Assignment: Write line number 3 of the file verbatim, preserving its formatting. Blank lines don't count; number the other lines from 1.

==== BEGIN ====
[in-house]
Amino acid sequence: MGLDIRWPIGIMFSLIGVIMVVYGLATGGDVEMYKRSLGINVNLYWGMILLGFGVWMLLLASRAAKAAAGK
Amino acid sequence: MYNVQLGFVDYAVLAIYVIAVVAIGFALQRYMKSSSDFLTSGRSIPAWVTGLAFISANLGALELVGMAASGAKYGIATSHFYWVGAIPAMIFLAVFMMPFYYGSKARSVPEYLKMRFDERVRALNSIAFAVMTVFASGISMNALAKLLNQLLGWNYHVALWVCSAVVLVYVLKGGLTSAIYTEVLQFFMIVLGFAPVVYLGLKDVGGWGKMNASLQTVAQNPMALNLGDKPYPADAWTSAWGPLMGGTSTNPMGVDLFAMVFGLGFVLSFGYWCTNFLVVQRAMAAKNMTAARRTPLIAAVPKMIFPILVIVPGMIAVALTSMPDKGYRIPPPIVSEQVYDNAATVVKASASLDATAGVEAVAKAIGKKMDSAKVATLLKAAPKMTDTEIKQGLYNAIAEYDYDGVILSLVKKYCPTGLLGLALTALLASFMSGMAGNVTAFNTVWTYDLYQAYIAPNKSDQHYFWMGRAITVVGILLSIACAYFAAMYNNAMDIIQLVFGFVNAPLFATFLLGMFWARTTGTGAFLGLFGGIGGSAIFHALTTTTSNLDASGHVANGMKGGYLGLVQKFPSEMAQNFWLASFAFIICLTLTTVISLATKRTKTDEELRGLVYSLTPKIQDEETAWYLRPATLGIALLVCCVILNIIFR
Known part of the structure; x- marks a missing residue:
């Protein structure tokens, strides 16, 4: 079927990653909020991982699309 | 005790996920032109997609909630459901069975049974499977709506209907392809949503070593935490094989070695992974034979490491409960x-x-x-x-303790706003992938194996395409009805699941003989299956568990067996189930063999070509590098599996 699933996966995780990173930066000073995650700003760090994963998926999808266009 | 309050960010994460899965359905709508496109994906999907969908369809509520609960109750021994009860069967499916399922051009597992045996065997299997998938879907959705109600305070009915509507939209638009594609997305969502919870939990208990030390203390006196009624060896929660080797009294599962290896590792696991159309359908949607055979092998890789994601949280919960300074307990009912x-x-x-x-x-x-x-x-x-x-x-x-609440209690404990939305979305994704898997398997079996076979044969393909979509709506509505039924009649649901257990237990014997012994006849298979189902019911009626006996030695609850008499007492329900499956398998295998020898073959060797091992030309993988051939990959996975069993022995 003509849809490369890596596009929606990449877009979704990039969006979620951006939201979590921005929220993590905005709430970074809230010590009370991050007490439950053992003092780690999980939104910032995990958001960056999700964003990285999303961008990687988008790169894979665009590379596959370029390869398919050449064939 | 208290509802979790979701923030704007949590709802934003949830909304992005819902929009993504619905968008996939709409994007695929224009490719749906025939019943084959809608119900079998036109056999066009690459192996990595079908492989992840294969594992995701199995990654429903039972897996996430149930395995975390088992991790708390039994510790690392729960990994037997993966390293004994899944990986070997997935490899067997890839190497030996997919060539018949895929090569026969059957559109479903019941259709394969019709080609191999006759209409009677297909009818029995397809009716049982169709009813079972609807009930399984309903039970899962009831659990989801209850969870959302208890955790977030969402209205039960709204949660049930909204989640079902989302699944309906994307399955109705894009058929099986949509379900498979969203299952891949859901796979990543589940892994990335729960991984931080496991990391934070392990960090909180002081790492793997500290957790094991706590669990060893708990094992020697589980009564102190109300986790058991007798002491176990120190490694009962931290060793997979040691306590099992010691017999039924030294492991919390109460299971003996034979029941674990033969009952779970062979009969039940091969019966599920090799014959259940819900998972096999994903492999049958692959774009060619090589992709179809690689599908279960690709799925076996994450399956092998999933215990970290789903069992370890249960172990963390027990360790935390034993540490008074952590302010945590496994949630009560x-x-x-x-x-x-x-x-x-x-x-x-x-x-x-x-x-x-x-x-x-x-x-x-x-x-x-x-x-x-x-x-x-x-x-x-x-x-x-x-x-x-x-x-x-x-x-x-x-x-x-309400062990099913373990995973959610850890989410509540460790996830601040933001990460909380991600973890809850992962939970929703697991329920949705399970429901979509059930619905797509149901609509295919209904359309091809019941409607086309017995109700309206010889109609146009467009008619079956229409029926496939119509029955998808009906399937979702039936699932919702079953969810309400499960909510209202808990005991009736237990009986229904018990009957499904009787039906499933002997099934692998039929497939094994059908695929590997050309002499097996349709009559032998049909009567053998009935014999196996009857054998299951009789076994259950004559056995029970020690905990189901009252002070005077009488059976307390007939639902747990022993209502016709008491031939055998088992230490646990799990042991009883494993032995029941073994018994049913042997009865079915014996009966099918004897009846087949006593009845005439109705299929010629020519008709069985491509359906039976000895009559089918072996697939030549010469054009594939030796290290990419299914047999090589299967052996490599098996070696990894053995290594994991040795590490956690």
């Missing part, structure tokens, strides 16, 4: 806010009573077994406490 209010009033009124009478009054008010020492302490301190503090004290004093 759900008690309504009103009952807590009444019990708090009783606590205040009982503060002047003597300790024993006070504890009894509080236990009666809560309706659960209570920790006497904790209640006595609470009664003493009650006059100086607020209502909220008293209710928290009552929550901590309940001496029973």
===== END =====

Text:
Amino acid sequence: MYNVQLGFVDYAVLAIYVIAVVAIGFALQRYMKSSSDFLTSGRSIPAWVTGLAFISANLGALELVGMAASGAKYGIATSHFYWVGAIPAMIFLAVFMMPFYYGSKARSVPEYLKMRFDERVRALNSIAFAVMTVFASGISMNALAKLLNQLLGWNYHVALWVCSAVVLVYVLKGGLTSAIYTEVLQFFMIVLGFAPVVYLGLKDVGGWGKMNASLQTVAQNPMALNLGDKPYPADAWTSAWGPLMGGTSTNPMGVDLFAMVFGLGFVLSFGYWCTNFLVVQRAMAAKNMTAARRTPLIAAVPKMIFPILVIVPGMIAVALTSMPDKGYRIPPPIVSEQVYDNAATVVKASASLDATAGVEAVAKAIGKKMDSAKVATLLKAAPKMTDTEIKQGLYNAIAEYDYDGVILSLVKKYCPTGLLGLALTALLASFMSGMAGNVTAFNTVWTYDLYQAYIAPNKSDQHYFWMGRAITVVGILLSIACAYFAAMYNNAMDIIQLVFGFVNAPLFATFLLGMFWARTTGTGAFLGLFGGIGGSAIFHALTTTTSNLDASGHVANGMKGGYLGLVQKFPSEMAQNFWLASFAFIICLTLTTVISLATKRTKTDEELRGLVYSLTPKIQDEETAWYLRPATLGIALLVCCVILNIIFR